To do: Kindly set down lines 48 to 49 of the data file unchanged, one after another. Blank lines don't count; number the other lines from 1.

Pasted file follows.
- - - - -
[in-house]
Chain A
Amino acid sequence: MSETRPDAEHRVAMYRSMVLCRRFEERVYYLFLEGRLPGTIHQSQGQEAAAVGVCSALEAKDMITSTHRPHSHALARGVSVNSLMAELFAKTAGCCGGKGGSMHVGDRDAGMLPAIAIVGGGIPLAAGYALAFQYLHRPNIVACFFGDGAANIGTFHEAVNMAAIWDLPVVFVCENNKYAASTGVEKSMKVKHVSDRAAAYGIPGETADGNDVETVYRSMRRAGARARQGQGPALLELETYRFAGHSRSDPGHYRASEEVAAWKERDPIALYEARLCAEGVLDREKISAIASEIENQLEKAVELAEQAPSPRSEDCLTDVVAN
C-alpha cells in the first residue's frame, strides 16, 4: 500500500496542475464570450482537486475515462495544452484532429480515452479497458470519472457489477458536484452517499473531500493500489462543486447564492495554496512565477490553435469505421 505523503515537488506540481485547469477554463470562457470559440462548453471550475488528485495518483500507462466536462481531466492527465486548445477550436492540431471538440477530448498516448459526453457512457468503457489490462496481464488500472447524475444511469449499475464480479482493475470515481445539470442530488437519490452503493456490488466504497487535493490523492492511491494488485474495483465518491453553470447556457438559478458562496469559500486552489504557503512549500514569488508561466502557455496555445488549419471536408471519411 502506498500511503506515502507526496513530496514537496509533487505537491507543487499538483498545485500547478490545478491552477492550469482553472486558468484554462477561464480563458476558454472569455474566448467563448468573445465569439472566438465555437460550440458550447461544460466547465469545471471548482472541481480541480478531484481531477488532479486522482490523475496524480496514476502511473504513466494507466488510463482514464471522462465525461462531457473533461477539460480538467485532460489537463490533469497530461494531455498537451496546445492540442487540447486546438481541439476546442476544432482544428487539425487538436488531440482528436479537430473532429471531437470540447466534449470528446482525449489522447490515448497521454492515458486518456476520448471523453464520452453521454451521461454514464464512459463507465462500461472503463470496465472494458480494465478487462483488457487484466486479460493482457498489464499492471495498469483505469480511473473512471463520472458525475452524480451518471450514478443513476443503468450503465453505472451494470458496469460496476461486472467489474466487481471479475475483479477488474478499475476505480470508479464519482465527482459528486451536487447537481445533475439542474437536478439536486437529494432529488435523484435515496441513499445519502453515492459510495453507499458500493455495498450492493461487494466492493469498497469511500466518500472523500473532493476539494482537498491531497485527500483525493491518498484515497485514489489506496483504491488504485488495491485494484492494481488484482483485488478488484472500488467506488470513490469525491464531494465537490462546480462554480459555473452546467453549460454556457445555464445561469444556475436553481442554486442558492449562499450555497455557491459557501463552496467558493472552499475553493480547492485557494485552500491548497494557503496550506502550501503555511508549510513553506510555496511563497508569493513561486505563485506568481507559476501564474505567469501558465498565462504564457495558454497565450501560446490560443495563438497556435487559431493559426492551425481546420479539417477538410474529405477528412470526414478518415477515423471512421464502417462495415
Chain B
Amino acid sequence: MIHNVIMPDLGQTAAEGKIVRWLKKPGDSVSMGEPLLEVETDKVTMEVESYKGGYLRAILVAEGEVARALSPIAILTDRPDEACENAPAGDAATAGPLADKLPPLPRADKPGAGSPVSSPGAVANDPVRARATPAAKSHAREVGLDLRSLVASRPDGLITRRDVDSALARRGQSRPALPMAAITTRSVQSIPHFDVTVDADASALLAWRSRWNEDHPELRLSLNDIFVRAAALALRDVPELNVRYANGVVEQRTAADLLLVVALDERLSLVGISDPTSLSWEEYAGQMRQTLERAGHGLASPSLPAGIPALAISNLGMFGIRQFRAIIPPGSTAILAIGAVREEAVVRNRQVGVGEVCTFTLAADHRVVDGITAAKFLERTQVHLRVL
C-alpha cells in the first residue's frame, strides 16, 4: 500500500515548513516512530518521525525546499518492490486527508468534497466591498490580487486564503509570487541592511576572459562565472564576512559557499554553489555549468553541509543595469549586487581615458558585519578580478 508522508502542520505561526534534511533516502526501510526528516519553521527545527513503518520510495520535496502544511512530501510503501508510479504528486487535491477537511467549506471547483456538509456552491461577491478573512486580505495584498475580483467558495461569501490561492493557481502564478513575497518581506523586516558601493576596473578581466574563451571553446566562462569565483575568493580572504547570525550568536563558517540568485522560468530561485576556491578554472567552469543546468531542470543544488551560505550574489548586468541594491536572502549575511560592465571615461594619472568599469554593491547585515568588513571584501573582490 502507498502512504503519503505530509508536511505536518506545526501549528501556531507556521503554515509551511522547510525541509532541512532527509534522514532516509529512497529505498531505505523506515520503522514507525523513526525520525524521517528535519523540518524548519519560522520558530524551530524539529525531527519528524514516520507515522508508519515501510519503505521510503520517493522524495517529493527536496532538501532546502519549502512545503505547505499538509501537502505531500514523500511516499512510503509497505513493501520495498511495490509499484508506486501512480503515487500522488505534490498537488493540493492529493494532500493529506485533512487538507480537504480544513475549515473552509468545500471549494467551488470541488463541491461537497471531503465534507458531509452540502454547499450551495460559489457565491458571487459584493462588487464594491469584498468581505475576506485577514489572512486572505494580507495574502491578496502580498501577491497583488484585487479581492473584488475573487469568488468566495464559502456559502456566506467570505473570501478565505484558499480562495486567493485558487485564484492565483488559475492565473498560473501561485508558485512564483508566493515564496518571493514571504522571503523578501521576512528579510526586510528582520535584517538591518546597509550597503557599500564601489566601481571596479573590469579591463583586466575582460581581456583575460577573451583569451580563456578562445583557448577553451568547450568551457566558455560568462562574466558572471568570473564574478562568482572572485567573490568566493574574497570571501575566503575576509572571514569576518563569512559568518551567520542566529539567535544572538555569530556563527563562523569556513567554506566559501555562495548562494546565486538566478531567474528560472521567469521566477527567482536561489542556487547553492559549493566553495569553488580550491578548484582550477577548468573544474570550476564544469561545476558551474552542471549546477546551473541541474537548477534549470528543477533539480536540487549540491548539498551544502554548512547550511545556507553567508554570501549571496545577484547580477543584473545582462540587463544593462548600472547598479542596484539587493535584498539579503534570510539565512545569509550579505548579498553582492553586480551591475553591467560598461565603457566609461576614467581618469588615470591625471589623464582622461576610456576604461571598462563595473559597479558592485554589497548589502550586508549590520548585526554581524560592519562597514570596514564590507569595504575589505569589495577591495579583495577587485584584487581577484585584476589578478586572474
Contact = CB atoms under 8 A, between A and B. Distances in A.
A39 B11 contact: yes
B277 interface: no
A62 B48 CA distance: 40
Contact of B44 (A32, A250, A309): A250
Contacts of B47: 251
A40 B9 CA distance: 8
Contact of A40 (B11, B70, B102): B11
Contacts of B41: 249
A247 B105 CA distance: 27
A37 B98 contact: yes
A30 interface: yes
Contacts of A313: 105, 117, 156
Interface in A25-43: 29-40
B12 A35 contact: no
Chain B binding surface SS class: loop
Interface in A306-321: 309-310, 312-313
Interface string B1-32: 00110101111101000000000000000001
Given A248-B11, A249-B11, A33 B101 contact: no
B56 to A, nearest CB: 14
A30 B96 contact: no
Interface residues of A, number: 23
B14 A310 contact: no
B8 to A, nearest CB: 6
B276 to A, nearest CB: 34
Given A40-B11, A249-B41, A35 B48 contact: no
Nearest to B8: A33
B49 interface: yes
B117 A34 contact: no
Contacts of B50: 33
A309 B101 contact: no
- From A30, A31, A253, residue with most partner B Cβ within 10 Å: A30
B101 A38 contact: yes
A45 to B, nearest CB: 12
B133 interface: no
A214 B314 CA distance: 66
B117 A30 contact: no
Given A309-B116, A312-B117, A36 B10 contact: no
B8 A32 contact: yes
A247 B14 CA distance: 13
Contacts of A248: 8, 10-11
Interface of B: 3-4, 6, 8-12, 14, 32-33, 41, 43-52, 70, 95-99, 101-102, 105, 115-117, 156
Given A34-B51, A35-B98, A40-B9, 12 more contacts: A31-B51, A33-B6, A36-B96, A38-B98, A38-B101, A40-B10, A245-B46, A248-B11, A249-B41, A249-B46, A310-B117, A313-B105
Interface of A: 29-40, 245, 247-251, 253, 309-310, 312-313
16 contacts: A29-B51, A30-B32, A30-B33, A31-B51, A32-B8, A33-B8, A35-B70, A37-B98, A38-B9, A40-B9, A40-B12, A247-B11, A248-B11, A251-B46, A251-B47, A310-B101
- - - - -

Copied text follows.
Contacts of A248: 8, 10-11
Interface of B: 3-4, 6, 8-12, 14, 32-33, 41, 43-52, 70, 95-99, 101-102, 105, 115-117, 156